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Financial Focus: Donating to a charity that reflects your values

If you are new to charitable giving or would like to begin, there are some important considerations.

The holidays are a great time of year to review the goals you have when it comes to the organizations and charities you support. If you are new to charitable giving or would like to begin, there are some important considerations.

Steps to consider

Identify your values. What key issues, causes and experiences are important to you? This will help you determine who you want to support.

Select your geographical location. This could include local, provincial, national or global organizations, or some combination of these.

Research your options. Visit some organizations and speak to the people who work and volunteer there. Reach out to family and friends who share similar values and find out who they support. As you evaluate your choices, what do their reports and financial statements tell you about them? What are their programs and initiatives?

Designate your donations. Once you have determined which organizations you want to support, you can begin.

Determine how to make donations. Are you going to gift money or assets? An asset gift could be something of value like art, coins, stamps, or cars.

Be mindful when providing your thoughtful gift, particularly large gifts, not to attach “strings” to the gift, or get too specific as to what the charity must do with the money. There are different tax consequences or advantages associated with different types of donations.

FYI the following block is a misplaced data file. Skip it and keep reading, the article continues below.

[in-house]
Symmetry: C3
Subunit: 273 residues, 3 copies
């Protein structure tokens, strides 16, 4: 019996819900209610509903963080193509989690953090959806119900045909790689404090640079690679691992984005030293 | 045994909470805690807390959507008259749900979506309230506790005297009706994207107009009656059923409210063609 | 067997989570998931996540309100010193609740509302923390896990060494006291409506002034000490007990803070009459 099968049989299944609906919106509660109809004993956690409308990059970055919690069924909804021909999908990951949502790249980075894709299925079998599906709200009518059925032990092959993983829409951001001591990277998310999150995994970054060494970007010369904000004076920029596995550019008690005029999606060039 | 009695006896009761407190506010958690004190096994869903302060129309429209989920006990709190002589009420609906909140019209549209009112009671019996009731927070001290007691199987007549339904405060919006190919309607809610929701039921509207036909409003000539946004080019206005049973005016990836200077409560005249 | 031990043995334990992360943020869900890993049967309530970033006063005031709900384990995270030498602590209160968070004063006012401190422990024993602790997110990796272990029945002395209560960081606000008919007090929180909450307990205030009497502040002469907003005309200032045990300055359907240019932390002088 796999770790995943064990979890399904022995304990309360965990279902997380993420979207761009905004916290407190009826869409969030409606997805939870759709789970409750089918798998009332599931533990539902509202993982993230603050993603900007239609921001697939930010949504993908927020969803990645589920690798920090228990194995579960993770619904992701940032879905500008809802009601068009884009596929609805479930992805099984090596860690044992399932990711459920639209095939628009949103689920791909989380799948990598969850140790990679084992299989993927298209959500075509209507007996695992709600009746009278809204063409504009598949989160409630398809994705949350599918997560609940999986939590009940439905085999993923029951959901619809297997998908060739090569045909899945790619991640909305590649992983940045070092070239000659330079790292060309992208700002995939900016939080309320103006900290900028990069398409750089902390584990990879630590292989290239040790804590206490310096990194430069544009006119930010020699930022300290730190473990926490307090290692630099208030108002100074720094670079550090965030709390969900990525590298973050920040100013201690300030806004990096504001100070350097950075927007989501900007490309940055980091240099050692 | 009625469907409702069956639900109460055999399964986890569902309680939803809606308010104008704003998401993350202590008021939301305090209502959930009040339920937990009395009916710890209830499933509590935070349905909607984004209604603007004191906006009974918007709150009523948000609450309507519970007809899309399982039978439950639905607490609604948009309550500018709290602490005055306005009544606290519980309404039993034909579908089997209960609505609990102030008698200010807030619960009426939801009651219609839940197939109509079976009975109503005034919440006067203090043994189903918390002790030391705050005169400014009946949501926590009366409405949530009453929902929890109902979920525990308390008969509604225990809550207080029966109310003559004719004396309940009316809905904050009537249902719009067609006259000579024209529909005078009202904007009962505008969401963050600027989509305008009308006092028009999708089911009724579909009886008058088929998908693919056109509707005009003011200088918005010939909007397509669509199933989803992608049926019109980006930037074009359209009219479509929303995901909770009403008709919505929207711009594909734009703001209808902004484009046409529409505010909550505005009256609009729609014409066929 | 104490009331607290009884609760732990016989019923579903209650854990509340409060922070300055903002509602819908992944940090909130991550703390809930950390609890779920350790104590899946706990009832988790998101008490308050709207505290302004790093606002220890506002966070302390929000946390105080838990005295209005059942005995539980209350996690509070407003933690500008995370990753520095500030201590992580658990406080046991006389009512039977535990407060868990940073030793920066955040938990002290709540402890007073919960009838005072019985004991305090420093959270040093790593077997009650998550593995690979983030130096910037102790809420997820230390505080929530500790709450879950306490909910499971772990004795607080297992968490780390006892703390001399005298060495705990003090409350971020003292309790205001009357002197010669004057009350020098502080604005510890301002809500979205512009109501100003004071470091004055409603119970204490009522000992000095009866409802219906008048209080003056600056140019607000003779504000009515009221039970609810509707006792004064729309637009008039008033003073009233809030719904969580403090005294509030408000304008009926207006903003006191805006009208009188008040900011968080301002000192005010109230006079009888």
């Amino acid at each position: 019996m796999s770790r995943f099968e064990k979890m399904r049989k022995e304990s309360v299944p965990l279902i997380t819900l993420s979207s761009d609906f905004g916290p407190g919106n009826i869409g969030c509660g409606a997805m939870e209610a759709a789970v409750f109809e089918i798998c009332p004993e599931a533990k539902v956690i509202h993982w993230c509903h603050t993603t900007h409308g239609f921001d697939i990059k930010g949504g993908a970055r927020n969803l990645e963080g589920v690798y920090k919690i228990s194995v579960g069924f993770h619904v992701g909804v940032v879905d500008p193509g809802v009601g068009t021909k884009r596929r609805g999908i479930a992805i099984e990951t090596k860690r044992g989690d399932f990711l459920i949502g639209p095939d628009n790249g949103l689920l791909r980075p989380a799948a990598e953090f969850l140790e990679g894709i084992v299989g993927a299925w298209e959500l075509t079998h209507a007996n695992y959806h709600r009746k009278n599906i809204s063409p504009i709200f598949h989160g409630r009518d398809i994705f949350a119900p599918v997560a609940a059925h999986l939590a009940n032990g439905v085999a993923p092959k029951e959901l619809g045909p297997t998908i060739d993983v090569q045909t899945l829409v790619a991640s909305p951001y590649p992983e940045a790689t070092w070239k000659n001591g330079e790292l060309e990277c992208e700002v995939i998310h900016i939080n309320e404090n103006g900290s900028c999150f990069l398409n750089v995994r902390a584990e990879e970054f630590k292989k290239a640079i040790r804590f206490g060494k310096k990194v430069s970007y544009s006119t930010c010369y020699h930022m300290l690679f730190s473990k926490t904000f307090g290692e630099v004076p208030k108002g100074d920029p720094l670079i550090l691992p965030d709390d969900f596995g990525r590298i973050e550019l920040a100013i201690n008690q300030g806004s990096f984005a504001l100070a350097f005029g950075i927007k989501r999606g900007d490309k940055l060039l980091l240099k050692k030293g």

Making your donation

There are many ways to donate to charity. The most common are to use beneficiary designations on your registered investments (RRSP, RRIF and TFSA), which effectively bypasses the estate and time frame associated with settling the estate, and making bequests via your last will and testament which clearly identify the cause(s) near and dear to you for assets you didn’t name directly with a beneficiary designation.

Charities can also be named as beneficiaries on life insurance policies, which also bypasses your estate and can allow for the charity to receive the proceeds in a very short period of time.

For investments that have appreciated significantly in value, there may be an opportunity to make a gift “in-kind” (you don’t sell it before donating it). The charity receives the gift at fair market value and bases the donation receipt on that same amount.

Impact on your tax return

If you are looking to maximize your donation’s impact on your tax return, there are a few additional considerations that may help.

Firstly, consider combining donation receipts with your spouse or partner. Applying all receipts to one party’s return could result in a larger impact at filing time.

Secondly, carry receipts forward. Charitable contribution receipts can be carried forward for up to five years, and applied against higher income years.

Lastly, delay claiming receipts until the year of death. In that year, donation receipts can be used towards up to 100 per cent of net income. If you have even more donation receipts, you can carry them back for up to 100 per cent of the previous year’s net income towards refiling that year’s return.

Charitable giving starts with you. Donations do not have to be fancy or complicated. Consult your tax, legal and financial professionals to determine the best way to contribute to what is important to you, based on your personal values and unique financial circumstances.

This article has been provided for information purposes only and is not intended as advice.

Ian Currie is a financial advisor based in the qathet region.